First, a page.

Sunday, 2 February 2003

Coalition Formation in Israel

Matthew Yglesias, back from blogging haitus, briefly looks at Shinui's possible role in an Israeli coalition government. The case of Israel's 120-member unicameral parliament, the Knesset, is particularly interesting because of its abnormally high number of political parties — 13 parties received Knesset seats in the January 2003 election because they received over 1.5% of the popular vote. (The Knesset uses pure proportional representation within one, nationwide district.) Leaving aside the question of why such a low threshold was chosen — Israel's is the lowest in the world — the large degree of fragmentation leads to serious barriers to coalition formation.

Michael Laver and Norman Schofield's Multiparty Government discusses this problem, although it mainly concentrates on European countries where the major parties are larger. In the most recent Israeli election, by contrast, no party received more than 30% of the total vote, and the Likud only received 38 seats — 23 seats short of a Knesset majority. This makes coalition formation particularly problematic because no single party can provide an overall majority — even a coalition with second-place Labor, with 19 seats, is too small to win an investiture vote (Israel's laws require a Knesset majority to vote in favor of forming a coalition, which makes a minority government exceedingly unlikely). So, what sorts of coalitions are possible?

Some theories suggest that the most likely coalitions to form are “minimal winning” coalitions — coalitions that involve the least number of parties while still gaining a majority of seats; i.e., where the loss of one party would make the coalition a minority. William Riker goes further to predict that the most likely coalitions to form are “minimum winning” (or bare majority) coalitions: ones that produce the smallest possible majority. Looking at the incoming Knesset, the following 3-member minimal winning coalitions are possible:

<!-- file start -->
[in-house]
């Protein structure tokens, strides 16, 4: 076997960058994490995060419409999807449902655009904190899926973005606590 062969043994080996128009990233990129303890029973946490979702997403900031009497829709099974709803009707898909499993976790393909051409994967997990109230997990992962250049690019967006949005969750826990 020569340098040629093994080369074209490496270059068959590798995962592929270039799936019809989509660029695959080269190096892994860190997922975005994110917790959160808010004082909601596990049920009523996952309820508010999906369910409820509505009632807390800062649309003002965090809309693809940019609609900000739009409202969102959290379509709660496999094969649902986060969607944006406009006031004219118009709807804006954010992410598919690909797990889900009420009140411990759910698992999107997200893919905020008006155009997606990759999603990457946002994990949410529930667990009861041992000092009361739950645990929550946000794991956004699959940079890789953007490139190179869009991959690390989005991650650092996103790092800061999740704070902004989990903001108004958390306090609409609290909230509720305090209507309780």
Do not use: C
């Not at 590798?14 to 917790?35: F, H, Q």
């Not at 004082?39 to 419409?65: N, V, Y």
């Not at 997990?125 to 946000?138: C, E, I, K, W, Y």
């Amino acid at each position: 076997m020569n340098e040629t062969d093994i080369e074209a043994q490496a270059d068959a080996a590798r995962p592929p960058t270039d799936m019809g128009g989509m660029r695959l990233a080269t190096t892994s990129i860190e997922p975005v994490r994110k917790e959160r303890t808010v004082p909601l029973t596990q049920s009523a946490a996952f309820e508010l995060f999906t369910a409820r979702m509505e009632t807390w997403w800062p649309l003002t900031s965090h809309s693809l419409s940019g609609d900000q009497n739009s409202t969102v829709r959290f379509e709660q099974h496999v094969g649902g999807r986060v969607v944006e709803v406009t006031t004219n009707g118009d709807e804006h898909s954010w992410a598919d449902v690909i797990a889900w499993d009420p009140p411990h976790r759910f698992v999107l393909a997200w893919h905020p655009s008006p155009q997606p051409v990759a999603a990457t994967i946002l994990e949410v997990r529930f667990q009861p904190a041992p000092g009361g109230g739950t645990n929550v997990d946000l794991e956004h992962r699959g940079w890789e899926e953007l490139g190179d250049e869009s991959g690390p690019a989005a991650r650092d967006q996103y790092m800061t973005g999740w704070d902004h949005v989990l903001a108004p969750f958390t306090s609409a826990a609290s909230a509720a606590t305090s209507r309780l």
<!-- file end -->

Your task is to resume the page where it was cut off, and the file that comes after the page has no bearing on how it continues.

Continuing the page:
• Likud + Labor + Torah Judaism (62)

  • Likud + Labor + NRP (63)

  • Likud + Labor + Meretz (63)

  • Likud + Labor + National Unity (64)

  • Likud + Shinui + Shas (64)

  • Likud + Shas + Labor (68)

  • Likud + Labor + Shinui (72)

There are actually 3,615 possible minimal winning coalitions (out of 4,044 possible majority coalitions, most of which, unsurprisingly, involve the Likud). Furthermore, there are 92 minimum winning coalitions, with the coalition holding 61 seats; most of them involve large numbers of parties. The smallest minimum winning coalitions involve 4 parties:

  • Likud + Labor + Yisrael Ba'aliya + United Arab List

  • Likud + Shas + Meretz + NRP

  • Likud + Shas + National Unity + Torah Judaism

  • Likud + Shinui + Meretz + United Arab List

  • Likud + Shinui + Meretz + Yisrael Ba'aliya

  • Likud + Shinui + NRP + United Arab List

  • Likud + Shinui + NRP + Yisrael Ba'aliya

  • Likud + Shinui + Torah Judaism + Am Ehad

  • Likud + Shinui + Torah Judaism + Balad

  • Likud + Shinui + Torah Judaism + Hadash

However, from a policy standpoint, few of these coalitions make much sense; Arab parties (Balad and UAL) aren't going to be part of a Likud coalition, and neither is the communist Hadash. Meretz is unlikely to join with Shas and the NRP. The only coalition here that seems remotely plausible from a policy standpoint is Likud + Shas + National Unity + Torah Judaism.

A 61-seat coalition is unlikely simply because of the instability of the parties in general; Sharon probably wants a strong coalition that can withstand a few dissident members (despite the plethora of Israeli parties, party discipline is relatively low). This suggests a policy-based coalition involving the larger parties, to reduce the number of parties involved and the risk.